Li: The reason why we choose Chongqing is that it has very good geographic and transportation conditions. Quite a few rivers flow through Chongqing, for example, the Yangtze river, Jialing river, Wu river, Fu river, Qi river, Daning river etc. And the most important is the Yangtze river, which is known as China’s “golden waterway” for its important functions of transportation and irrigation since ancient times. Heading east along the Yangtze river, a 10,000dwt steamboat can reach Shanghai, Wuhan and Nanjing; meanwhile, the opposite direction will lead us to Yibin, Sichuan. And we can also enter Sichuan and Guizhou provinces through the Jialing river and Wu river. What’s more, the railway starts in Chongqing, running all the way through China, Kazakhstan, Russia, Belarus and Poland, and ends up at Duisberg, Germany, having been formally opened to traffic in 2011, which makes it easier for us to export goods to Europe. And the raw materials such as manganese ore that we import from abroad will also be transported through this railroad and the Yangtze river.
Fuling lies at an intersection where the Yangtze river meets the Wu river, and has long been called the “southeast gate” of Chongqing. With 23 ports in total, it has very good logistical advantages which are necessary for the transportation of our large output.

Asian Metal: How about the production equipment and technologies; will there be any breakthroughs?

Li: In order to make sure that our project can meet the standards within the industry and environmental requirements a long way into the future, our company has studied the current condition of ferroalloy producers all over the world and has optimized and reevaluated our technology and process plan several times. The hermetic submerged arc furnaces of 36,000kva and refinery of 9,000kva are capable of achieving large-volume, automatic and clean production, much superior to the threshold of semi-hermetic furnaces of 25,000kva, which differentiates us from the stereotypical image of high-pollution, high-energy-consumption ferroalloy enterprises.
At the same time, we will build new screening machines and drying machines supporting the sintering facility, as well as an accurate single furnace batching system, which will allow us to maintain strict control over the water content, the granularity, and the content of other ingredients through pre-processing so as to guarantee the standardization and stability of the raw materials. In this way, we can not only ensure safe production (explosions resulting from substandard raw materials — too wet or too small — have happened repeatedly), but also achieve steady, efficient, and low energy-consumption.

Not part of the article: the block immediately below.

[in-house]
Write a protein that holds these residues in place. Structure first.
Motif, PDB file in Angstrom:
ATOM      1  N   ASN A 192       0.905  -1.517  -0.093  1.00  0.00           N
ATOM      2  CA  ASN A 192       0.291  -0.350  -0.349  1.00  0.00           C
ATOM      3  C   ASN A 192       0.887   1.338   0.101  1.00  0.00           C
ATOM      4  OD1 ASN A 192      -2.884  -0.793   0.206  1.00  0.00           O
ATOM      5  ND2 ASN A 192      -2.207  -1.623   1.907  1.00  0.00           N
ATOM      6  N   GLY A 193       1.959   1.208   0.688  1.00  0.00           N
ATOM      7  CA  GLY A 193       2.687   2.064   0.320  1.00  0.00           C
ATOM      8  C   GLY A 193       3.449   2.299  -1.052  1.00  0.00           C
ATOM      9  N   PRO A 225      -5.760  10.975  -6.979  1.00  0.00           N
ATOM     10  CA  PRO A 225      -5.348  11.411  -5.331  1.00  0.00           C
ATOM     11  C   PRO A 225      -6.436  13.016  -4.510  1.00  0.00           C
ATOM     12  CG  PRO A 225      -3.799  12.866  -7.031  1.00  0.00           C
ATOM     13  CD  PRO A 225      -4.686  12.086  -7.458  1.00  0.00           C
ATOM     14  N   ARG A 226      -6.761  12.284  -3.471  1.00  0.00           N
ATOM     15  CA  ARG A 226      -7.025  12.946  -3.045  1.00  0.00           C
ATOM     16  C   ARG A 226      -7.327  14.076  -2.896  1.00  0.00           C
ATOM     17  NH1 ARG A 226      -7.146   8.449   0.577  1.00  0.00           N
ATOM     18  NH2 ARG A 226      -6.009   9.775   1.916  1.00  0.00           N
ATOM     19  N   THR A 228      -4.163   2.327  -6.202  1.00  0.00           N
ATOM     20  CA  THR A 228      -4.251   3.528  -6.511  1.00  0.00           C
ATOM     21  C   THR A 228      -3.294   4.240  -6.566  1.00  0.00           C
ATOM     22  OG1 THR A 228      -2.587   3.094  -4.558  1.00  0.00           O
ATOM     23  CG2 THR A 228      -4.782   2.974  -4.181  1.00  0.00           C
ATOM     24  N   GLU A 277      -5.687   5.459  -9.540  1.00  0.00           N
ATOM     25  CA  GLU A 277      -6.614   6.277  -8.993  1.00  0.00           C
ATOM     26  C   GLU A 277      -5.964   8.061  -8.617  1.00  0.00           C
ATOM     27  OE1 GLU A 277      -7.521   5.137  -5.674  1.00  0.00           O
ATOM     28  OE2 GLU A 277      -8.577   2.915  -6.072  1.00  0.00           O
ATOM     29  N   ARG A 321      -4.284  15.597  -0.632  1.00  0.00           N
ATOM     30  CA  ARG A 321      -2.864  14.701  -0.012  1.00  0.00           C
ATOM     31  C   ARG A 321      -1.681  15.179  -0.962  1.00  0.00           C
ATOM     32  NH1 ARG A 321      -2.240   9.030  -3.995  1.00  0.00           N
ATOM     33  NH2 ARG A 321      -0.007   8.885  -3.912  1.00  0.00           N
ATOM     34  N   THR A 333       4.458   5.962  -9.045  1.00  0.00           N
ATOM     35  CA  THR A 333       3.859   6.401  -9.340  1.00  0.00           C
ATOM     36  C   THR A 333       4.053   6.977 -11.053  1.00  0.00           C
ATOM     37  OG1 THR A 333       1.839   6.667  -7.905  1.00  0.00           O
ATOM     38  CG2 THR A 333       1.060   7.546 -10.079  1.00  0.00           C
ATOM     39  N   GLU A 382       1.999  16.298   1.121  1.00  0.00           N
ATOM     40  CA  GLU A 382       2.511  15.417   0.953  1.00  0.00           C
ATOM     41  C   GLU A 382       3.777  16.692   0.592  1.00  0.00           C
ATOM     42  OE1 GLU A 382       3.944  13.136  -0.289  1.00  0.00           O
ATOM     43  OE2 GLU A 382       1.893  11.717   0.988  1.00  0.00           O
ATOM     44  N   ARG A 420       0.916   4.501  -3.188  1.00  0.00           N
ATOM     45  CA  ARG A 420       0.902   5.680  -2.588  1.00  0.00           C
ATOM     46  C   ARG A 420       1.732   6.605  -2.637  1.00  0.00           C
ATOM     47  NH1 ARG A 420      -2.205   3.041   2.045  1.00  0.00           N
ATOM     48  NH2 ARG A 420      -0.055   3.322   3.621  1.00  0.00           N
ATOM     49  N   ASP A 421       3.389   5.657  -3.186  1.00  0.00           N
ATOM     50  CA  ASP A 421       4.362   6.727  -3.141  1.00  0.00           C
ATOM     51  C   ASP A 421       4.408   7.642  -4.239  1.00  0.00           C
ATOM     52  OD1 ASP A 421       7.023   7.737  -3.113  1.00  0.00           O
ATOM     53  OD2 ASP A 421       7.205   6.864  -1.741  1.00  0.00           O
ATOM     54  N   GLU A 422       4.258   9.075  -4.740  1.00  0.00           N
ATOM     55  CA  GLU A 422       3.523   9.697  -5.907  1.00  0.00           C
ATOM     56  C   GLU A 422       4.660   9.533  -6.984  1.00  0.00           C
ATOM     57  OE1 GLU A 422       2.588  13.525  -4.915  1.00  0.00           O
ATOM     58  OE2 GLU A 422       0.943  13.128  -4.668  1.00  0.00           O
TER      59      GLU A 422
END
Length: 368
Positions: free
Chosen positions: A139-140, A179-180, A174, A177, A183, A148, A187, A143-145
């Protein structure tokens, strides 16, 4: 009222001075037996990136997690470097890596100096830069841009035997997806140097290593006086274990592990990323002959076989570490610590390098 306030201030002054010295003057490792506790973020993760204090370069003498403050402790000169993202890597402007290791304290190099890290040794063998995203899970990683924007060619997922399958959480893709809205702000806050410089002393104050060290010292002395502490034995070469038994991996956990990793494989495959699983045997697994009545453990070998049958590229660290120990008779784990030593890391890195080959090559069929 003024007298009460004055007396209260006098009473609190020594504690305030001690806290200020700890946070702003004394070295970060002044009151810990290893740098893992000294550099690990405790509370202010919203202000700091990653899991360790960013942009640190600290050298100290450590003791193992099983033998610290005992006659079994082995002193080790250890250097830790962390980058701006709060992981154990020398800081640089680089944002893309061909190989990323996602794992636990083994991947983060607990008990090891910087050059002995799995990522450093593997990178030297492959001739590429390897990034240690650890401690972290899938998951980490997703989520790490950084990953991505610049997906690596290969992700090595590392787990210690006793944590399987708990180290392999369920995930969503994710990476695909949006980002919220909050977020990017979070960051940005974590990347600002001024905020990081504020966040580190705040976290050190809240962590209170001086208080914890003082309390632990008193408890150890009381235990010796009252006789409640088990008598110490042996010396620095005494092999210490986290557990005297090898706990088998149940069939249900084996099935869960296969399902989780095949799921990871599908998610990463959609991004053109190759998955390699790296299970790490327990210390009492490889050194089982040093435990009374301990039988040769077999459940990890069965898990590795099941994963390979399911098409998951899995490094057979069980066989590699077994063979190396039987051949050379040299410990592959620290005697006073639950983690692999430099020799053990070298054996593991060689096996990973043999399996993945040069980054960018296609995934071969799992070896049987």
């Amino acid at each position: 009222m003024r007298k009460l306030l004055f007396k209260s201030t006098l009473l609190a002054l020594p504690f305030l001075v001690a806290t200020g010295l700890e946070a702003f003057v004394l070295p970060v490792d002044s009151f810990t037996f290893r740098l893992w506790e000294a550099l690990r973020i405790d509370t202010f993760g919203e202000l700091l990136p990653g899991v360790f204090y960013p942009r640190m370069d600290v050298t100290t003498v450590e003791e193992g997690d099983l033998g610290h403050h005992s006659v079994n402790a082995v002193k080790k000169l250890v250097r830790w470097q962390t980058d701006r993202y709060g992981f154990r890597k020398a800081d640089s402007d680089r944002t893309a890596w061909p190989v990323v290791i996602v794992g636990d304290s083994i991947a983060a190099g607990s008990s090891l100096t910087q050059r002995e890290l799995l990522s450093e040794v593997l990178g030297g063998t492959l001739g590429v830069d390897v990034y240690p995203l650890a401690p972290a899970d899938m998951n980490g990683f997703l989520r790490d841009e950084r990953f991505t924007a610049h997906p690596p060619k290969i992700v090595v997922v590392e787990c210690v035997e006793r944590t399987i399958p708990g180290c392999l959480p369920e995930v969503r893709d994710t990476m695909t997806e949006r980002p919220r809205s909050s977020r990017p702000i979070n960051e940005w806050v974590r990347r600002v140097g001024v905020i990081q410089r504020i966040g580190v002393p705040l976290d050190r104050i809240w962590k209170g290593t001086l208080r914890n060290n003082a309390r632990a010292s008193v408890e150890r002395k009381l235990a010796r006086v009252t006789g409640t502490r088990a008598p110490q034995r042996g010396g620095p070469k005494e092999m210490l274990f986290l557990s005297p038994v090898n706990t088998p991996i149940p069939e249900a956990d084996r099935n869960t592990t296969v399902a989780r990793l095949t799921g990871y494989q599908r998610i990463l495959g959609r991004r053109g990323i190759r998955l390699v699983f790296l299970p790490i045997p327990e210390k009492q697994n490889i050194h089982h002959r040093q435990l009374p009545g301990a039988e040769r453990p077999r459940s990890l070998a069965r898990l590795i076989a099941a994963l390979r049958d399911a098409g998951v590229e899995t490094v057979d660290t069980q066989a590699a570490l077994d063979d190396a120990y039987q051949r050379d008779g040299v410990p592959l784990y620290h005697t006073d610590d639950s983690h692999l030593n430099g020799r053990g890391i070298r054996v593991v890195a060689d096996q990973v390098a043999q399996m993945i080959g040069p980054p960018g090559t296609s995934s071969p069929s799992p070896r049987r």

Asian Metal: Your company claims that the project is part of a circular economy. Could you explain how that is achieved? What measures will you take to protect the environment?

Li: First of all, manganese-rich slag — the by-product of high carbon ferromanganese — will be used for making silicomanganese; the leftover material from the process of silicomanganese crushing will be used for medium carbon and low carbon ferromanganese production; and the post-process silicomanganese slag will be sold to cement plants and used as a direct ingredient after grinding and drying. Also, we will make medium and low-carbon ferromanganese through direct hot charging of silicomanganese and high temperature molten iron. Through these methods, not only can a complete manganese alloy industrial chain be formed, but pollution can also be avoided, and the metal recycling rate can also be improved by 1-2 percent.
At the same time, the eight hermetic submerged arc furnaces will generate more than 400 million m3 of coal gas (equivalent to 100-140 million m3 of natural gas) which can serve as fuel for aluminium oxide production, and the waste heat can be used for everyday things such as heating and bathing, as well as the drying of material.
Also, we will make cyclic utilization of waste water so as to reduce our water consumption and waste water sewage discharge.
In general, under the premise of meeting the national requirements, through a circular economy mode, we are building a leading resource-saving and environmentally-friendly enterprise that should generate profit in every possible place for the pursuit of further additional value and greater competitiveness, which is what the government has called for, and also the inevitable measures for us to control and reduce our production costs that can ensure our survival against the ever-fiercer competition within this severely over-supplied industry.